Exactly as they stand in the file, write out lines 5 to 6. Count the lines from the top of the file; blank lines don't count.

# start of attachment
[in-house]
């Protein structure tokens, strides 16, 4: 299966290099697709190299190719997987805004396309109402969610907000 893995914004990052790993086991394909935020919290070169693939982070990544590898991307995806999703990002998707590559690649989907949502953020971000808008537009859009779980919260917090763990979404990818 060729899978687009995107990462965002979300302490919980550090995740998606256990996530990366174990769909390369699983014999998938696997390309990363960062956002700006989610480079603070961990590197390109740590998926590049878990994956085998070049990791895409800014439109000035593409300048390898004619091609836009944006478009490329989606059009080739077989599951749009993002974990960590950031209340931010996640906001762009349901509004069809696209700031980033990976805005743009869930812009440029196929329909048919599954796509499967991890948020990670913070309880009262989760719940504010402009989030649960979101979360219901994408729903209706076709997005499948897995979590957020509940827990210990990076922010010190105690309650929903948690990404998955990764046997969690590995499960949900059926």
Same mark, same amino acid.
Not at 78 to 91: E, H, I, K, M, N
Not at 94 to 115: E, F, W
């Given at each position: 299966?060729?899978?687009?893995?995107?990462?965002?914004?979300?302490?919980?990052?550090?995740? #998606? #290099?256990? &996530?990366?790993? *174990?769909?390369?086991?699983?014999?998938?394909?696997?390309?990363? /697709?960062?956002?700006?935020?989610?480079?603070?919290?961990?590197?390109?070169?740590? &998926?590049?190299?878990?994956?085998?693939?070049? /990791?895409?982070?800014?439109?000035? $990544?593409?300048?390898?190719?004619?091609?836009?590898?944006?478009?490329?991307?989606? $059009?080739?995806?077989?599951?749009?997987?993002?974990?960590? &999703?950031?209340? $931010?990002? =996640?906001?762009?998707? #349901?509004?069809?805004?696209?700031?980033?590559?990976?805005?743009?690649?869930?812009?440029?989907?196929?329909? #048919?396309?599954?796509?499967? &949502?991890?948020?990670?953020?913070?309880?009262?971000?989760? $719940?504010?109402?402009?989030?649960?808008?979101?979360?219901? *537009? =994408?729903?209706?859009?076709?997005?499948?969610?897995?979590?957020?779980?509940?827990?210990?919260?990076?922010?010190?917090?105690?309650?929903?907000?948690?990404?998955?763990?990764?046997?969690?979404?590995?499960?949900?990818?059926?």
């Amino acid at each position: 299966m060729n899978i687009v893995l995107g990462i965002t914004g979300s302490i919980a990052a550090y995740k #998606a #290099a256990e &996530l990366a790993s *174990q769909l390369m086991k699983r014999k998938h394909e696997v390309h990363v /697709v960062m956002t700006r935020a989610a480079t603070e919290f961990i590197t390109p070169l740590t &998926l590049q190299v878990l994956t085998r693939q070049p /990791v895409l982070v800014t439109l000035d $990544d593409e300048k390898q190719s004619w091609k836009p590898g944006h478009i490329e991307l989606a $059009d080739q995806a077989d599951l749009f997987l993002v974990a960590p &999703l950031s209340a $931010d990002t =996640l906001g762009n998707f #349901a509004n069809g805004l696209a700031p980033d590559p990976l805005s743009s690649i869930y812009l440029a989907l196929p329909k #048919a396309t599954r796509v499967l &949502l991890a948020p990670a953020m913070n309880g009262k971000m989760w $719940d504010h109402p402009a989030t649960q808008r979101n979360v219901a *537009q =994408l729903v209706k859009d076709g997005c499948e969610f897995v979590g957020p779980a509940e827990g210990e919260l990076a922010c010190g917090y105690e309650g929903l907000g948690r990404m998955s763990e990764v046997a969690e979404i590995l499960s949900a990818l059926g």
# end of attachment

Not at 94 to 115: E, F, W
């Given at each position: 299966?060729?899978?687009?893995?995107?990462?965002?914004?979300?302490?919980?990052?550090?995740? #998606? #290099?256990? &996530?990366?790993? *174990?769909?390369?086991?699983?014999?998938?394909?696997?390309?990363? /697709?960062?956002?700006?935020?989610?480079?603070?919290?961990?590197?390109?070169?740590? &998926?590049?190299?878990?994956?085998?693939?070049? /990791?895409?982070?800014?439109?000035? $990544?593409?300048?390898?190719?004619?091609?836009?590898?944006?478009?490329?991307?989606? $059009?080739?995806?077989?599951?749009?997987?993002?974990?960590? &999703?950031?209340? $931010?990002? =996640?906001?762009?998707? #349901?509004?069809?805004?696209?700031?980033?590559?990976?805005?743009?690649?869930?812009?440029?989907?196929?329909? #048919?396309?599954?796509?499967? &949502?991890?948020?990670?953020?913070?309880?009262?971000?989760? $719940?504010?109402?402009?989030?649960?808008?979101?979360?219901? *537009? =994408?729903?209706?859009?076709?997005?499948?969610?897995?979590?957020?779980?509940?827990?210990?919260?990076?922010?010190?917090?105690?309650?929903?907000?948690?990404?998955?763990?990764?046997?969690?979404?590995?499960?949900?990818?059926?």